In Leningrad, a group of Soviet laborers starts the process of destroying tons of rotting potatoes, decaying into sticky mush in railroad boxcars never designed for storage. The stench is unforgettable, and the workers must wear gas masks.
All told, 75 percent of the huge Soviet potato crop -- five times production here -- never reaches consumers because of the primitive Soviet transportation and storage system. U.S. Department of Agriculture specialists estimate that 40 percent of the fruit and vegetable crops rot after being harvested. Overall, about 25 percent of Soviet farm production is wasted.
These are vivid symbols of the decay of the Soviet economy itself, a mirror image of empty shelves in the stores. Just back from a visit to the Soviet Union, Ed A. Hewett, the Brookings Institution's foreign policy expert, also tells of containers of imported goods that sit unloaded at Soviet ports. The reason: a shortage of equipment needed to load the containers onto railroad cars.
It's been clear for a long time that it is nearly impossible to exaggerate the economic disaster created by 45 years of socialist rule in the Soviet Union. That's why a desperate Mikhail Gorbachev evolved glasnost and perestroika as tools with which he hoped to engineer a turnaround.
But Hewett and other recent visitors to the Soviet Union bring back a story of economic regression that is even worse than anyone had dreamed. And the danger is not only that the Soviet economy might totally collapse, but that the resulting trauma will quickly spread to the fledgling democracies in Eastern Europe that are still heavily tied to Moscow.
The Soviet Union's economic bind will be an unofficial agenda item at next week's summit between President Bush and Gorbachev, but there are no quick fixes to put Humpty-Dumpty back together again.
Ironically, as Sen. Bill Bradley (D-N.J.) pointed out to reporters the other day, Bush and Gorbachev together blew one great opportunity that could have speeded Soviet economic reforms when Lithuania courageously tried to establish its independence.
By refusing to support the Lithuanians, Bush missed the opportunity to reassert America's moral leadership. By attempting to repress Lithuania, Gorbachev lost the chance to generate public support for his own objectives of cutting military expenditures and installing price reforms that inevitably will raise food and energy prices to the Soviet consumer.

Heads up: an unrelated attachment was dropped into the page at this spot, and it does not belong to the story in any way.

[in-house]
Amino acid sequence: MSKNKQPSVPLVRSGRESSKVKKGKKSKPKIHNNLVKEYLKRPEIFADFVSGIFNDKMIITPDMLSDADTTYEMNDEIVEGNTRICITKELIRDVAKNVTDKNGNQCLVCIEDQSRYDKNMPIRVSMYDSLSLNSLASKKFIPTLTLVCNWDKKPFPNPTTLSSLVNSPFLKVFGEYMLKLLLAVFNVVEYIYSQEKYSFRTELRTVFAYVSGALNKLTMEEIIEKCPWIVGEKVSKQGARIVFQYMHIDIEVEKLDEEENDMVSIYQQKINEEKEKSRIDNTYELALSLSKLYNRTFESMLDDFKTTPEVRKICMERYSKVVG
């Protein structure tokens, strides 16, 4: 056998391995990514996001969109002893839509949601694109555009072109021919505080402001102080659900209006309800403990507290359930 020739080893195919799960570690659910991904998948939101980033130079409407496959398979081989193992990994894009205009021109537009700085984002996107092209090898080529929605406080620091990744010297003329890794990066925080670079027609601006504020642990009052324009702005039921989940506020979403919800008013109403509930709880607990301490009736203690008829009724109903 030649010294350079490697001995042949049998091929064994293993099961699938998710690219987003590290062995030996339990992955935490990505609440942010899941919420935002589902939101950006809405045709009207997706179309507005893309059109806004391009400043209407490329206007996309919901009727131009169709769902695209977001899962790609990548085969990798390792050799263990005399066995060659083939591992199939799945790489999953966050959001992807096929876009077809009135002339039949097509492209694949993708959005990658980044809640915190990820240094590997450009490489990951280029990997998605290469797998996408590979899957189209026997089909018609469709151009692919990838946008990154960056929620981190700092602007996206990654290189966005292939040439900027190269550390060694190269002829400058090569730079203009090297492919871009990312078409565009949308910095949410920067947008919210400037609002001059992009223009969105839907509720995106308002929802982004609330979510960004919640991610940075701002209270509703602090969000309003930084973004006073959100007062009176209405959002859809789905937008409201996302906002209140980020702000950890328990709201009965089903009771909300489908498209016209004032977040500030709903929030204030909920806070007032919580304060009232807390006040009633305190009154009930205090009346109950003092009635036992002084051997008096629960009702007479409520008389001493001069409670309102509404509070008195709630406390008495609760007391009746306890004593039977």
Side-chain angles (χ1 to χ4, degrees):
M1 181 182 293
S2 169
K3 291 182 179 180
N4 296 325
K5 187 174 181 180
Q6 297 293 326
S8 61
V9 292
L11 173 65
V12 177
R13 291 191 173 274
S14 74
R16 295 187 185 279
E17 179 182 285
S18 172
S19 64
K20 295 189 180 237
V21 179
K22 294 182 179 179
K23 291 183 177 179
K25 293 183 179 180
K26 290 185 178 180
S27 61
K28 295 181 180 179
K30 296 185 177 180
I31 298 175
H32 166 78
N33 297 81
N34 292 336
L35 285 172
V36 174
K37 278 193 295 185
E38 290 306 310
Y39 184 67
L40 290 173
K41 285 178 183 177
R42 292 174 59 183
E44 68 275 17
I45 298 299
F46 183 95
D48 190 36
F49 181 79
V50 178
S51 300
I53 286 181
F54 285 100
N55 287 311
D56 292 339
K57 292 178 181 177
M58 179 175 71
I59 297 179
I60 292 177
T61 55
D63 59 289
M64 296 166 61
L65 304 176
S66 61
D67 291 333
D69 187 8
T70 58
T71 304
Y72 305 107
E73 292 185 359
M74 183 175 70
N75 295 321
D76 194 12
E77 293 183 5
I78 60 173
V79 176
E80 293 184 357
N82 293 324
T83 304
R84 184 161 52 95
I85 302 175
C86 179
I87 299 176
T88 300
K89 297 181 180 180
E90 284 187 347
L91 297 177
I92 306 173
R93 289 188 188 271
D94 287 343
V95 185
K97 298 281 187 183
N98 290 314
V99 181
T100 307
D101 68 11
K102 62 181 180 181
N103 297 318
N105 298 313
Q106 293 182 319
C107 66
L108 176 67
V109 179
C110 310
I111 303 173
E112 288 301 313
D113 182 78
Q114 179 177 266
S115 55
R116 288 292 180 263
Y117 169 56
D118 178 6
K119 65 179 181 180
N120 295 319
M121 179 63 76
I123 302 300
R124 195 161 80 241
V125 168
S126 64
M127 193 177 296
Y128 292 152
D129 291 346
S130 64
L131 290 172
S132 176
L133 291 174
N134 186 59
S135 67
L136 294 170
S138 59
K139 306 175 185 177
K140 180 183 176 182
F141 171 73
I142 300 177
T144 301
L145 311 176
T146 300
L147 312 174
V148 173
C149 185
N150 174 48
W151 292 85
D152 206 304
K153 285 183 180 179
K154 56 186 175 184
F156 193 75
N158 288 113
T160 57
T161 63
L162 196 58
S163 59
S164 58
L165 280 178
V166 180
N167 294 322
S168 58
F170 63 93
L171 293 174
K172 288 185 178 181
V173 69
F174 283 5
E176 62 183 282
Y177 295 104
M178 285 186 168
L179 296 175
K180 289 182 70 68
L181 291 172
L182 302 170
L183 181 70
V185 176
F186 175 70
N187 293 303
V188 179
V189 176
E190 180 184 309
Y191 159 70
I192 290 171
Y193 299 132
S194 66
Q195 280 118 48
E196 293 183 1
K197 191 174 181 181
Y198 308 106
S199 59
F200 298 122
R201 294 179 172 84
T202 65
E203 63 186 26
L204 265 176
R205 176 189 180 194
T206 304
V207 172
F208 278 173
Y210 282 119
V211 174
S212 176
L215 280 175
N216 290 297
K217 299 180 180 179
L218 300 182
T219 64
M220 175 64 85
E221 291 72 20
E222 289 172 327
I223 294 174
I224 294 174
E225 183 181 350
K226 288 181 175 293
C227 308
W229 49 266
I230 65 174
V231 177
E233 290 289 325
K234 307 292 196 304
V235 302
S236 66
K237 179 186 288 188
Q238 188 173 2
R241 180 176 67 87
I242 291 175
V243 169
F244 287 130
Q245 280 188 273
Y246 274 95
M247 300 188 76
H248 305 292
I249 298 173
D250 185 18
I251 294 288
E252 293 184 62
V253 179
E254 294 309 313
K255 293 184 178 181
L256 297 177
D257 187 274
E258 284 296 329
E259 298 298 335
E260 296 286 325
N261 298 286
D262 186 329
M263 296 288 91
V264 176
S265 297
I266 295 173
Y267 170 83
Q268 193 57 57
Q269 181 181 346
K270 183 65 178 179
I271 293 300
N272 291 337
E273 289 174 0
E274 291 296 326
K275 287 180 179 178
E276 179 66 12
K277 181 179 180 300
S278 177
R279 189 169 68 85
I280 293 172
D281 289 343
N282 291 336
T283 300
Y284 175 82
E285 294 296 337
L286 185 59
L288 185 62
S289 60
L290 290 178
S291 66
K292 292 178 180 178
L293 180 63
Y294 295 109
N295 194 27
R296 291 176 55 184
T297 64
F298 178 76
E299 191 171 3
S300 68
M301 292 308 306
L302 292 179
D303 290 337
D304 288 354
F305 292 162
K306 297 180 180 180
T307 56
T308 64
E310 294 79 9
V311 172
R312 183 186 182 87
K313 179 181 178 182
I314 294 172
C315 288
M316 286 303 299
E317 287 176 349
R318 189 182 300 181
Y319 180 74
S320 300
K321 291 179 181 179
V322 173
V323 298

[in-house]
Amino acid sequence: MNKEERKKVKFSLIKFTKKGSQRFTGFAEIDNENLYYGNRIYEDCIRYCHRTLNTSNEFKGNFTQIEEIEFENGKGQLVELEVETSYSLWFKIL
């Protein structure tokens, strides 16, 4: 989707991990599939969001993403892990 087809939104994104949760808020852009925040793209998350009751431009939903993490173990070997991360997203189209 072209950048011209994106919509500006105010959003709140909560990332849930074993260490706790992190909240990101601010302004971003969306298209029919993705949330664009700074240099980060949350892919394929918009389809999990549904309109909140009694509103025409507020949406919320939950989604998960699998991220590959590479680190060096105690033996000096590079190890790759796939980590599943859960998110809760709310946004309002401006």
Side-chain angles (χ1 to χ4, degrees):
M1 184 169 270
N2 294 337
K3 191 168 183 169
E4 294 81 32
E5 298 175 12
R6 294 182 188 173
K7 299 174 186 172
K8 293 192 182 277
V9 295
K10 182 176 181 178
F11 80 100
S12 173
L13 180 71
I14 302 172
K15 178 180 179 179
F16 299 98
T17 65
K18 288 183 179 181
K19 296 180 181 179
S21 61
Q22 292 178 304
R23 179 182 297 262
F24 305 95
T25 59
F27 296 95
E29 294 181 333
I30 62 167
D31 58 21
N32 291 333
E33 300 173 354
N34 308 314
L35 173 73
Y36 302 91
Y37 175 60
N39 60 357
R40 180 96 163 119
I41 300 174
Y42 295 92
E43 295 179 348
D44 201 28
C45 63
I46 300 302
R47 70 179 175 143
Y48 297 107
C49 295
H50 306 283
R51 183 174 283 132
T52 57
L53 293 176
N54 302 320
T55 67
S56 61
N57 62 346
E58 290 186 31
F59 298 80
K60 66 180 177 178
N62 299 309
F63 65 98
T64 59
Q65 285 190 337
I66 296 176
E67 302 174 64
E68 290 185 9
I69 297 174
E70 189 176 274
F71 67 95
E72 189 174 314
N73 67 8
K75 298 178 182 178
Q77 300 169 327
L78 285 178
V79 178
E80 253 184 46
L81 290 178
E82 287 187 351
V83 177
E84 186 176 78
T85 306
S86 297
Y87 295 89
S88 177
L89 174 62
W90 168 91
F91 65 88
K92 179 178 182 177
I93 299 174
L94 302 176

Now, as Gorbachev fights a breakup of the Soviet empire, there is growing doubt, in the West, that he -- or anyone else -- can bring the Soviet economy out of its mess.
Because the Soviet economy is so sick, Gorbachev's economic advisers last week approved a plan for a referendum on radical plans to accelerate the move toward a market economy. Reflecting the Soviets' own sense of overwhelming crisis, First Deputy Prime Minister Yuri Maslyukov said the government wants to introduce major elements of reform as soon as possible, bypassing the standing parliament, the Supreme Soviet.
The crash program, patterned after the system followed in Poland, would end some of the large state subsidies on food and other staple products. But even before the referendum takes place, prices for bread -- the staple of the Soviet diet -- will be tripled July 1.
Bradley, an astute student of the Soviet economy, said the other day that basic reforms of this magnitude are acceptable only when there is broad political acceptance of the measures. Thus, the remarkable progress that is being made, painfully, in Poland has been possible only because the Polish people, with faith in the Solidarity union, accepted the urgency of the reforms.
Fresh doubts about the Soviet economy introduce a new problem, the potential spillover of Soviet economic distress into Eastern Europe. At a meeting here last week of the Bretton Woods Committee, the Italian minister of foreign affairs, T.H. Gianni de Michelis, warned that Western Europe, Eastern Europe and the Soviet Union are increasingly interdependent:
"A crisis in one area could not avoid having repercussions on the others. Should the Soviet society and the Soviet economy risk collapse, the threat would extend to these contiguous and partially complementary areas."
Despite the desire of former Soviet satellites to move into the Western European orbit, their economies for the next several years will be tied to that of the Soviet Union -- still the biggest trading partner for all of them.
East Germany is getting a special and separate helping hand from West Germany. But the desperate straits of the Soviet Union underscore the needs of Poland, Hungary, Czechoslovakia and the other former Soviet bloc countries -- not merely for money, but to restore their legal, social and administrative systems and infrastructure.
The problems are deep and pervasive. Western European assistance to Eastern Europe will be substantial, but the damage created over the past 45 years will take generations to repair. America's ability to pitch in has been weakened by its own extravagances in the past decade, now exacerbated by the enormous drain of the savings and loan bailout.
One step that could be taken, both Bradley and de Michelis suggest, is a substantial forgiveness of about $100 billion in government-to-government debt owed by Eastern Europe, $40 billion by Poland alone. But so far as can be determined, that question is not even on the agenda for the industrial nations' economic summit in July.